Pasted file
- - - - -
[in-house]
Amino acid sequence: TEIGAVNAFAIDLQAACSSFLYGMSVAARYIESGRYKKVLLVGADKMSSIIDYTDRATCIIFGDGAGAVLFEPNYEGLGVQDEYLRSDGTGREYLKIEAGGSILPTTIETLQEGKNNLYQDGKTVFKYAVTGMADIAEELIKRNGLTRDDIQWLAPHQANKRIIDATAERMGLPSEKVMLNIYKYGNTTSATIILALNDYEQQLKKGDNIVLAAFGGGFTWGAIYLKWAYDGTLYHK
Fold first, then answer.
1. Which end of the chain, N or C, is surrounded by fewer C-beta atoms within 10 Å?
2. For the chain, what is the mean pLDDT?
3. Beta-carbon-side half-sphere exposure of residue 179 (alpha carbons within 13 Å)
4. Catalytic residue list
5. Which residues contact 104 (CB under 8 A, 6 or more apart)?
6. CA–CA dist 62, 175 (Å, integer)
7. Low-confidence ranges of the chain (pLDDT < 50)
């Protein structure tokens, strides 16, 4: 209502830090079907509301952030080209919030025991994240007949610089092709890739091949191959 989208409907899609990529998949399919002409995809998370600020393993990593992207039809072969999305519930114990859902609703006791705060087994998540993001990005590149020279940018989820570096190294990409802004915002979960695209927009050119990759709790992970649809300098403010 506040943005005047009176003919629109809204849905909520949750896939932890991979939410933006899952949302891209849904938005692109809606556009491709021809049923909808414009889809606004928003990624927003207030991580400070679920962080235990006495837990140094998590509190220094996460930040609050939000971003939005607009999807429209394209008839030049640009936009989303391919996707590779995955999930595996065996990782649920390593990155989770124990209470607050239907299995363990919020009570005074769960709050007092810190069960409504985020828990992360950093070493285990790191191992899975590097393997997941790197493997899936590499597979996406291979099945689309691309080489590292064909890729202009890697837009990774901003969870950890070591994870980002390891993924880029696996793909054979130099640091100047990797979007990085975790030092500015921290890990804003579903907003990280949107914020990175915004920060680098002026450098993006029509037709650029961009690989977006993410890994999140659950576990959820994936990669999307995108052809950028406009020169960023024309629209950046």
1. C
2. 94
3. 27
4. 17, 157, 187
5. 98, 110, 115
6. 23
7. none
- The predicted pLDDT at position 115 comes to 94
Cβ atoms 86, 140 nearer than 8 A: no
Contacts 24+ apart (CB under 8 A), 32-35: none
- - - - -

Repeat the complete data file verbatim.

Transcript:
[in-house]
Amino acid sequence: TEIGAVNAFAIDLQAACSSFLYGMSVAARYIESGRYKKVLLVGADKMSSIIDYTDRATCIIFGDGAGAVLFEPNYEGLGVQDEYLRSDGTGREYLKIEAGGSILPTTIETLQEGKNNLYQDGKTVFKYAVTGMADIAEELIKRNGLTRDDIQWLAPHQANKRIIDATAERMGLPSEKVMLNIYKYGNTTSATIILALNDYEQQLKKGDNIVLAAFGGGFTWGAIYLKWAYDGTLYHK
Fold first, then answer.
1. Which end of the chain, N or C, is surrounded by fewer C-beta atoms within 10 Å?
2. For the chain, what is the mean pLDDT?
3. Beta-carbon-side half-sphere exposure of residue 179 (alpha carbons within 13 Å)
4. Catalytic residue list
5. Which residues contact 104 (CB under 8 A, 6 or more apart)?
6. CA–CA dist 62, 175 (Å, integer)
7. Low-confidence ranges of the chain (pLDDT < 50)
């Protein structure tokens, strides 16, 4: 209502830090079907509301952030080209919030025991994240007949610089092709890739091949191959 989208409907899609990529998949399919002409995809998370600020393993990593992207039809072969999305519930114990859902609703006791705060087994998540993001990005590149020279940018989820570096190294990409802004915002979960695209927009050119990759709790992970649809300098403010 506040943005005047009176003919629109809204849905909520949750896939932890991979939410933006899952949302891209849904938005692109809606556009491709021809049923909808414009889809606004928003990624927003207030991580400070679920962080235990006495837990140094998590509190220094996460930040609050939000971003939005607009999807429209394209008839030049640009936009989303391919996707590779995955999930595996065996990782649920390593990155989770124990209470607050239907299995363990919020009570005074769960709050007092810190069960409504985020828990992360950093070493285990790191191992899975590097393997997941790197493997899936590499597979996406291979099945689309691309080489590292064909890729202009890697837009990774901003969870950890070591994870980002390891993924880029696996793909054979130099640091100047990797979007990085975790030092500015921290890990804003579903907003990280949107914020990175915004920060680098002026450098993006029509037709650029961009690989977006993410890994999140659950576990959820994936990669999307995108052809950028406009020169960023024309629209950046």
1. C
2. 94
3. 27
4. 17, 157, 187
5. 98, 110, 115
6. 23
7. none
- The predicted pLDDT at position 115 comes to 94
Cβ atoms 86, 140 nearer than 8 A: no
Contacts 24+ apart (CB under 8 A), 32-35: none